On New Years Eve we had a discussion about Life, Death and Hereafter. It was a very interesting look into the minds of others, all of whom are +60, raised as Christians, and are open-minded. No Bible-thumpers were present to chill and stay the conversation.
None of the guests were certain of the Hereafter and none were 'reassured' by what was written in the Bible. All of us knew Scripture and heard it read to us all of our lives, but no one declared that there was a Heaven. Further, no one thought that there was a Hell. On that we all agreed.
One man, an engineer by training, proposed a visualization of the Bell Curve. The curve, he said, represented the 'General Welfare' phrase that we find in the Preamble to the Constitution. He wondered if collective society was meant to reshape the curve by pushing the two extremes towards the center. With each passing generation, this theory suggests, humans were able to pass on to the next a 'better' life, whatever 'better' means. Less disease, less poverty, more food, better shelter and more opportunity for humans to have time to muse, to create art, music, literature. War, it seems, always pulls the curve outward, extending one side, the 'underprivileged' section, further.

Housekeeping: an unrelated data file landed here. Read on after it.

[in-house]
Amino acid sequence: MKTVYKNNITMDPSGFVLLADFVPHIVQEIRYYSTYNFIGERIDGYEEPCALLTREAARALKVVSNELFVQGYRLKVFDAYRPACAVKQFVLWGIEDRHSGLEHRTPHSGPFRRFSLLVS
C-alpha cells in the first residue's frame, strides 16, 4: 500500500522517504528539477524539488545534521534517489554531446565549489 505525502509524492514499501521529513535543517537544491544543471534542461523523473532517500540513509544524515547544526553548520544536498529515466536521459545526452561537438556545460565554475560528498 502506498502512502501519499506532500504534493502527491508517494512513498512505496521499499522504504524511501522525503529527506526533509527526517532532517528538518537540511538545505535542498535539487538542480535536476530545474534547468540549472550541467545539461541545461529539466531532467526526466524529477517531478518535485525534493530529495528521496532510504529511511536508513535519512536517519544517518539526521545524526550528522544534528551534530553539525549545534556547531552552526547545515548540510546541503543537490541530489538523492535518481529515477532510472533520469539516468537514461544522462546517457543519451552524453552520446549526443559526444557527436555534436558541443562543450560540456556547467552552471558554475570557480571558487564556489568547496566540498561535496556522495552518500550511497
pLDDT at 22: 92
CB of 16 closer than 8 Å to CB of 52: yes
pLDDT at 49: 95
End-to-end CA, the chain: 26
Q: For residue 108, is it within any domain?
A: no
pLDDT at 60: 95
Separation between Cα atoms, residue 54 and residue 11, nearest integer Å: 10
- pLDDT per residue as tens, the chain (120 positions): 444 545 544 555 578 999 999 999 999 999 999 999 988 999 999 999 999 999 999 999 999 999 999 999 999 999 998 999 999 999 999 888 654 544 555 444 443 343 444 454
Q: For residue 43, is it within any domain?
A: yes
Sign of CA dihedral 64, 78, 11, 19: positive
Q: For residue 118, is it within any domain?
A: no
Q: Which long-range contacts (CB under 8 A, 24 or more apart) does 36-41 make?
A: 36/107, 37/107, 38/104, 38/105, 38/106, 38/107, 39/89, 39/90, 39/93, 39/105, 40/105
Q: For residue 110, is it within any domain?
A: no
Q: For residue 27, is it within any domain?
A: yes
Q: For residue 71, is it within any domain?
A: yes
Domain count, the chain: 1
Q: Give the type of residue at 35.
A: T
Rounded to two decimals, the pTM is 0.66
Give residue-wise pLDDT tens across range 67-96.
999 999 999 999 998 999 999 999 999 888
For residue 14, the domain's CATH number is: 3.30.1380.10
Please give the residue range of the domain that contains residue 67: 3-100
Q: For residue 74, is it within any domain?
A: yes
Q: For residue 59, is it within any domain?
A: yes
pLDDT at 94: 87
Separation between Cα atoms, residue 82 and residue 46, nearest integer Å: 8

We came to the conclusion that when the 'curve' became more of a triangle, then humankind was moving forward towards a more perfect existence. Also, as the base of this triangle became more narrow, humanity could declare that the 'common welfare' was indeed becoming a reality. Then came the thought that if the triangle's base became infinitely small, it would become a line pointing upward. That, several agreed, would be as close to 'god' as we humans could get.